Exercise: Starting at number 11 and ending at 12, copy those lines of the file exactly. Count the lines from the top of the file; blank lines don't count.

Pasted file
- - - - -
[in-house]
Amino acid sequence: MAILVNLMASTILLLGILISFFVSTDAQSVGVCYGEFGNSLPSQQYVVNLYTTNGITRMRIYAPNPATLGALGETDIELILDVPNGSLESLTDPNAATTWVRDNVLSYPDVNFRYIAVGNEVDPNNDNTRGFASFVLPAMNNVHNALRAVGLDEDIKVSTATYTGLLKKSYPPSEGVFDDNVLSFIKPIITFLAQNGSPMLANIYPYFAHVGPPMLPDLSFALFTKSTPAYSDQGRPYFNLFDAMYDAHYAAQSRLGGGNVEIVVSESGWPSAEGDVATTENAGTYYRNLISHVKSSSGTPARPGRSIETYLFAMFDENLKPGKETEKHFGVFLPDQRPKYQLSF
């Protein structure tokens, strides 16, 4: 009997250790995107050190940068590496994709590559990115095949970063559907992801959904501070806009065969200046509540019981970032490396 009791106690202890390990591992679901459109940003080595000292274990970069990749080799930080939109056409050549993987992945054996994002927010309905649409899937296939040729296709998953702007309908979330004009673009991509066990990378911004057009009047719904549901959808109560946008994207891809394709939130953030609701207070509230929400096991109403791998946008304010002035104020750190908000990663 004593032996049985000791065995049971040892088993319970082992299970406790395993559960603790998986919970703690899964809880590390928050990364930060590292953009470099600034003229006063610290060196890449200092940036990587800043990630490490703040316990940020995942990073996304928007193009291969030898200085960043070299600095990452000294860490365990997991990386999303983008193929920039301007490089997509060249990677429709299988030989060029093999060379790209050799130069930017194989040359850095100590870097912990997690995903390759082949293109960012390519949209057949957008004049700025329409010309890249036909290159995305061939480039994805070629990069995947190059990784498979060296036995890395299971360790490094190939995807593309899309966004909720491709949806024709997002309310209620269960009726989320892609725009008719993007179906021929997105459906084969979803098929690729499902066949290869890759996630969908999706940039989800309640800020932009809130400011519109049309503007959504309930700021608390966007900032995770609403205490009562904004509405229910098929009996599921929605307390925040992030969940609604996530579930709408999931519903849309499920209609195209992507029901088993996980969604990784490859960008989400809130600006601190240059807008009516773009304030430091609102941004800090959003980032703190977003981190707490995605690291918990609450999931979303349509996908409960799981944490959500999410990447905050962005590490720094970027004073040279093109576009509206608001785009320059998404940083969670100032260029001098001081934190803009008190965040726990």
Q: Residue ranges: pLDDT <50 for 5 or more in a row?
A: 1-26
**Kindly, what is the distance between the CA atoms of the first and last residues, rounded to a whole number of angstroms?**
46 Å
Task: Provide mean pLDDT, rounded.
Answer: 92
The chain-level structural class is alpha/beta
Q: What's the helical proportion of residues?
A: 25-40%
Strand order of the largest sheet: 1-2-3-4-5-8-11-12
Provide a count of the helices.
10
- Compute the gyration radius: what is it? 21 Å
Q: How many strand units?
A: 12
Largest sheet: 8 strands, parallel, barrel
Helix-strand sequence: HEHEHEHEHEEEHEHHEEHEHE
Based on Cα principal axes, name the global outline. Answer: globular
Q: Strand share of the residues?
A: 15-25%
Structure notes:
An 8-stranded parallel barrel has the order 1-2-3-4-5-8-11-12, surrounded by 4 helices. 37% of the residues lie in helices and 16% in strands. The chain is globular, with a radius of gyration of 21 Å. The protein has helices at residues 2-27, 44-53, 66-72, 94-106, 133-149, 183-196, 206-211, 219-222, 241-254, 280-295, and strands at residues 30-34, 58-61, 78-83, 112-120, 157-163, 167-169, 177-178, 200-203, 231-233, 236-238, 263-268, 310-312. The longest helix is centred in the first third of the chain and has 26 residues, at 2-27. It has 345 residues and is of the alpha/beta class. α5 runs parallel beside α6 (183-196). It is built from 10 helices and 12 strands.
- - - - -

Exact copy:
Q: What's the helical proportion of residues?
A: 25-40%